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Burrito On a Stick: Genius or Madness?

September 18, 2013

One thing I complain about endlessly is the inherent difficultly of moving a burrito from one location to another. IT IS SO HARD.

Let us thanks the taqueria gods then that in 1983,  a man from Ohio named Eddie L. Bernal filed a patent for a “Readily portable burrito”.


Yes, that is a burrito. On a Popsicle stick. A “Burritosicle” if you will. WTAF. (Thanks to @bigphil for revealing this curious if not dangerous patent.)

Burritosicle MRI:

burrito MRI

Let us investigate Eddie Bernal’s reasoning for this unorthodox burrito transportation methodology:

“With increased popularity in Mexican food, burritos have kept an equal, if not a faster, pace. Burritos are made of a soft, highly pliable tortilla in a generally cylindrical shape which is wrapped around a burrito food filler. The filler usually includes seasoned meat or beans but, more recently, other food fillers have also been used, including such items as fruit. With the tortilla being soft and pliable, and the filler being squishy, if not juicy, of practical necessity, the burrito must be eaten on a plate. Consequently, burritos are usually sold by restaurants with dine-in facilities or purchased only by customers taking them home to eat.”


The technical/legal description of a burrito ranges from poetic to pornographic:

“with the remaining portion of the tortilla constituting at least one half of the tortilla forming a chamber contiguous with the wrapped portion, a food filler contained within said chamber, and said tortilla having edge portions at the ends of said chamber closed off to enclose the food filler, said tortilla being at least partially cooked and in a semi-rigid, self-sustaining state.”

burritochikkabowbow. Is that a burrito in your pocket or are you happy to see me?

Let us gaze again upon the magic that is the burritosicle.


You see Eddie, your use of a toothpick should have warned you entire plan was flawed. Anyone with the most basic grasp of burrito physics will notice this design lacks foil and therefore is inherently structurally unstable.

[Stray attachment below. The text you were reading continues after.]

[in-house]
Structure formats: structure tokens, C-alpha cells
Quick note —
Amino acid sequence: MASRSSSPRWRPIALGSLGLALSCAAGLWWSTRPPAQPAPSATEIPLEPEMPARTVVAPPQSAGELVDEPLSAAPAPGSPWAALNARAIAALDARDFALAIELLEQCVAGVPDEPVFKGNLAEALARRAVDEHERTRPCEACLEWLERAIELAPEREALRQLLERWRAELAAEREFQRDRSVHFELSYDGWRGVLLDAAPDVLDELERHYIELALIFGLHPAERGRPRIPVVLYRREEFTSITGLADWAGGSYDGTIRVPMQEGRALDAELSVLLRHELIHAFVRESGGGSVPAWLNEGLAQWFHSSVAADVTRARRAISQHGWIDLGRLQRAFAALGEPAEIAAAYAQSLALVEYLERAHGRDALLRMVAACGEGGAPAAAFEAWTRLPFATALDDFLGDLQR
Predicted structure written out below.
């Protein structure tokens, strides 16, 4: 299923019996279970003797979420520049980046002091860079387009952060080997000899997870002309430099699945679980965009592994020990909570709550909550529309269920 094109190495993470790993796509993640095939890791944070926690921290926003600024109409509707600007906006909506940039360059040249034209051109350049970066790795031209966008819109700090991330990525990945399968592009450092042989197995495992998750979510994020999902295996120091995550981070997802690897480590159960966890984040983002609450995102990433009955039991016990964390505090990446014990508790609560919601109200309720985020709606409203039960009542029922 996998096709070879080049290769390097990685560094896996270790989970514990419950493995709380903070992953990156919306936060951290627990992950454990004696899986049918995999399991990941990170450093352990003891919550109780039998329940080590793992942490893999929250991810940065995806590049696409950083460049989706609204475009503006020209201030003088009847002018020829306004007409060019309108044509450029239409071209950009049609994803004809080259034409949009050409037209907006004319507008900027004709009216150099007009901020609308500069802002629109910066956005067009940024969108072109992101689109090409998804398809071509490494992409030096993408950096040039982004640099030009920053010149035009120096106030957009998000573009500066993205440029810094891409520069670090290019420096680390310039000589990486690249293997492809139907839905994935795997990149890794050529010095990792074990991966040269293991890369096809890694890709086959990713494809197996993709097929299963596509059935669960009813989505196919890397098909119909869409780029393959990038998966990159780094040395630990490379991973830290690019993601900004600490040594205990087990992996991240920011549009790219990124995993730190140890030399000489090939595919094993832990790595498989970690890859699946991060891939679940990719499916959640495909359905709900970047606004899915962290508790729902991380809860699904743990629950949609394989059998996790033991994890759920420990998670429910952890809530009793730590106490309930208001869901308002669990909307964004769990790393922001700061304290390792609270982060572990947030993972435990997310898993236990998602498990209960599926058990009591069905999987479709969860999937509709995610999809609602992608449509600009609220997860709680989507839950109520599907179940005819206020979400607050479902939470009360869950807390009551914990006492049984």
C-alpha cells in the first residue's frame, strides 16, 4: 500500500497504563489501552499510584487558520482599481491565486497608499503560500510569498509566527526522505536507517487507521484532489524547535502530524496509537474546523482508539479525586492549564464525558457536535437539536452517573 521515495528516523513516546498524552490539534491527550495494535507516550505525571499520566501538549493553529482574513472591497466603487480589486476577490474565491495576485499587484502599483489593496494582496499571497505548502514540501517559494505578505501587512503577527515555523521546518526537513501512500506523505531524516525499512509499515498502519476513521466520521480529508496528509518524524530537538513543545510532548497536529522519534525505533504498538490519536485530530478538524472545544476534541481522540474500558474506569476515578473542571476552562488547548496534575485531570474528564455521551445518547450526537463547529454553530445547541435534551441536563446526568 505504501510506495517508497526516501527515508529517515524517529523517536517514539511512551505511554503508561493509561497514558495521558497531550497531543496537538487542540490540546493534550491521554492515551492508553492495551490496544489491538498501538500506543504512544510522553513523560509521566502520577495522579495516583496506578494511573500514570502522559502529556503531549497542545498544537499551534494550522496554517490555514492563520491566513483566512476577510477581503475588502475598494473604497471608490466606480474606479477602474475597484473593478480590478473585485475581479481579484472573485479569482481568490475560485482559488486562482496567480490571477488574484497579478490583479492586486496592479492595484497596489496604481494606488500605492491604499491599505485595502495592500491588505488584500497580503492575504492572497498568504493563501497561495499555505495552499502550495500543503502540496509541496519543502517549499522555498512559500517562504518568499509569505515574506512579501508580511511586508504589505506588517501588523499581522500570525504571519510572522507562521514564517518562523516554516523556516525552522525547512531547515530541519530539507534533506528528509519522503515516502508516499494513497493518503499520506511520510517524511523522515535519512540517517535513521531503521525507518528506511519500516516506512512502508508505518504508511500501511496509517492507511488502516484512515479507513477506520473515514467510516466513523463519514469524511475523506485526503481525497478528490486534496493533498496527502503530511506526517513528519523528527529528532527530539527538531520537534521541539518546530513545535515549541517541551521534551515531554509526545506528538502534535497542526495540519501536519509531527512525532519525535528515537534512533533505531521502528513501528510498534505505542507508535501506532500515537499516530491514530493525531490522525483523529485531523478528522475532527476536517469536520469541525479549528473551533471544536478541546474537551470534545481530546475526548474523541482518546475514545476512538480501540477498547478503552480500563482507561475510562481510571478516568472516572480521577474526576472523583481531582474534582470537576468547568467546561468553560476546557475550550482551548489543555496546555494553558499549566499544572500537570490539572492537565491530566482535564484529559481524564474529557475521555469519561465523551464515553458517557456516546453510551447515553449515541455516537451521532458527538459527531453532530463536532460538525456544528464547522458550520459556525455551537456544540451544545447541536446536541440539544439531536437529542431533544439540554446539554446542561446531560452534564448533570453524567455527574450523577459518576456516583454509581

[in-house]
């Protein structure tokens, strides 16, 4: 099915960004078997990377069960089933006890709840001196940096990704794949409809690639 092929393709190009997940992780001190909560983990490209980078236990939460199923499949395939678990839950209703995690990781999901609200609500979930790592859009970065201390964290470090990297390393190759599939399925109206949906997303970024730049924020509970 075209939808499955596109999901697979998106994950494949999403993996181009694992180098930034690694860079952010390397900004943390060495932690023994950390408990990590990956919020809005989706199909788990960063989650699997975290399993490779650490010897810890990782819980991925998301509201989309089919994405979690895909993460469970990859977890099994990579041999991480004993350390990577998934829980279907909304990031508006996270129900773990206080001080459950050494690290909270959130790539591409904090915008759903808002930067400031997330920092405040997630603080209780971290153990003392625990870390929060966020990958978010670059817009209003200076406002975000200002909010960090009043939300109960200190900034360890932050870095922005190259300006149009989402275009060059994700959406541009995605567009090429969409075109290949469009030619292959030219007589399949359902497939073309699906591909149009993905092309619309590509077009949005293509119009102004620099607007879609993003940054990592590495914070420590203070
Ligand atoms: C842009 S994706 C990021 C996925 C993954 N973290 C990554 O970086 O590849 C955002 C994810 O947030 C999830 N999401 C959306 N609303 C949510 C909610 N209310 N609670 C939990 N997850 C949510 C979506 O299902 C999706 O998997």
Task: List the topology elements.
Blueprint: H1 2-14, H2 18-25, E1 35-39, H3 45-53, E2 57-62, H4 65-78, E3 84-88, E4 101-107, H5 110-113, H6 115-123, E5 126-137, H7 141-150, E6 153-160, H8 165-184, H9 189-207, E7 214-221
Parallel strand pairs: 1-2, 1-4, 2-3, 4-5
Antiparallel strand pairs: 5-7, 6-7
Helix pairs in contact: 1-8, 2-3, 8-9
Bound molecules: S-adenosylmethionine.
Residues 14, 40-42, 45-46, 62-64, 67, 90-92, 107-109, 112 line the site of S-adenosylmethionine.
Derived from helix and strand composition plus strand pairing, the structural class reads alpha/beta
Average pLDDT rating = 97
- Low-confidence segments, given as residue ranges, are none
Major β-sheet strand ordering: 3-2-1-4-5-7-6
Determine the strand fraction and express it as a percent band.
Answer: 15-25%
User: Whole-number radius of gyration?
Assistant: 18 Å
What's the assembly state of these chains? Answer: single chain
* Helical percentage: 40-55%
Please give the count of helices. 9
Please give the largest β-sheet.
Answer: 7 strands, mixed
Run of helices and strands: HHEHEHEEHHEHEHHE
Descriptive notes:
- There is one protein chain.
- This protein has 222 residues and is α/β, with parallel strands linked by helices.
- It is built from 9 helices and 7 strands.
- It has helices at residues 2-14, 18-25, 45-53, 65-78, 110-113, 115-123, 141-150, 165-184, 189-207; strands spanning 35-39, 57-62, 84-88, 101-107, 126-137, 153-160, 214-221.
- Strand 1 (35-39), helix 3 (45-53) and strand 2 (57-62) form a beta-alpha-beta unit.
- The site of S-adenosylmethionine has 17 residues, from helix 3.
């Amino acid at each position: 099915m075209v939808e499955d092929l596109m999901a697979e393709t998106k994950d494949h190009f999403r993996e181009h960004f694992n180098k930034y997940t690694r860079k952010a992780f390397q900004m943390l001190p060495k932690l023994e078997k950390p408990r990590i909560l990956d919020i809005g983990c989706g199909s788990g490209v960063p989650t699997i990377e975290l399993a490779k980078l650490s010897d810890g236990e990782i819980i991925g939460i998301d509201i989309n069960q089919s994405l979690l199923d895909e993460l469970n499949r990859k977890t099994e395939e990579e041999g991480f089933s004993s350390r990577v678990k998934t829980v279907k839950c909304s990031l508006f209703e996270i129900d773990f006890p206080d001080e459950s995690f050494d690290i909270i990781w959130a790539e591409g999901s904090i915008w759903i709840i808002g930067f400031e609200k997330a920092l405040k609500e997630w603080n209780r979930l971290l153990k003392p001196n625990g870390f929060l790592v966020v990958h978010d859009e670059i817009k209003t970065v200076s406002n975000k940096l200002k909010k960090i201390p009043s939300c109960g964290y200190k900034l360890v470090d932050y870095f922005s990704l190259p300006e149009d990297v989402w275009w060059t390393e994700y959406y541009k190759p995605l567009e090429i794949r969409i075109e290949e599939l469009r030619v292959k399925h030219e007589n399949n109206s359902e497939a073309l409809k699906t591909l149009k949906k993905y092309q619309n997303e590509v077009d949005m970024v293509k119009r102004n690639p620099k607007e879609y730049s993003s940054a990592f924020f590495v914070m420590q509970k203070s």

But Eddie has our backs, my friends!

“At this point, the tortilla 22 still retains its highly pliable, soft state and would quickly fall apart if one attempted to lift it by the exposed portion of the stick 26. However, the product is then cooked in a manner to cause the tortilla 22 to obtain a semi-rigid, self-sustaining state. In that state, the tortilla is not as crisp as a cooked taco shell, for example, but is in an intermediate state of hardness between a cooked taco shell and the original, soft, pliable tortilla. It can be described as having a hardness similar to that of a crescent roll, for want of a better definition.

A preferred manner of achieving this state is by immersing the assembled item in hot liquid. A suitable container of hot cooking oil at a temperature from approximately 325 preferably about 350 immersed in the hot oil until it rises to the surface thereof, which indicates that it is done. The item is then removed from the oil and the fastener 54 extracted to achieve the final burrito-type product 20 ready for sale and consumption. The product can then be eaten from the upper end 50 down and the consumer can carry it about while doing so. During the cooking process, the tortilla swells slightly so that the wrapped portion 28 tightly engages the stick.”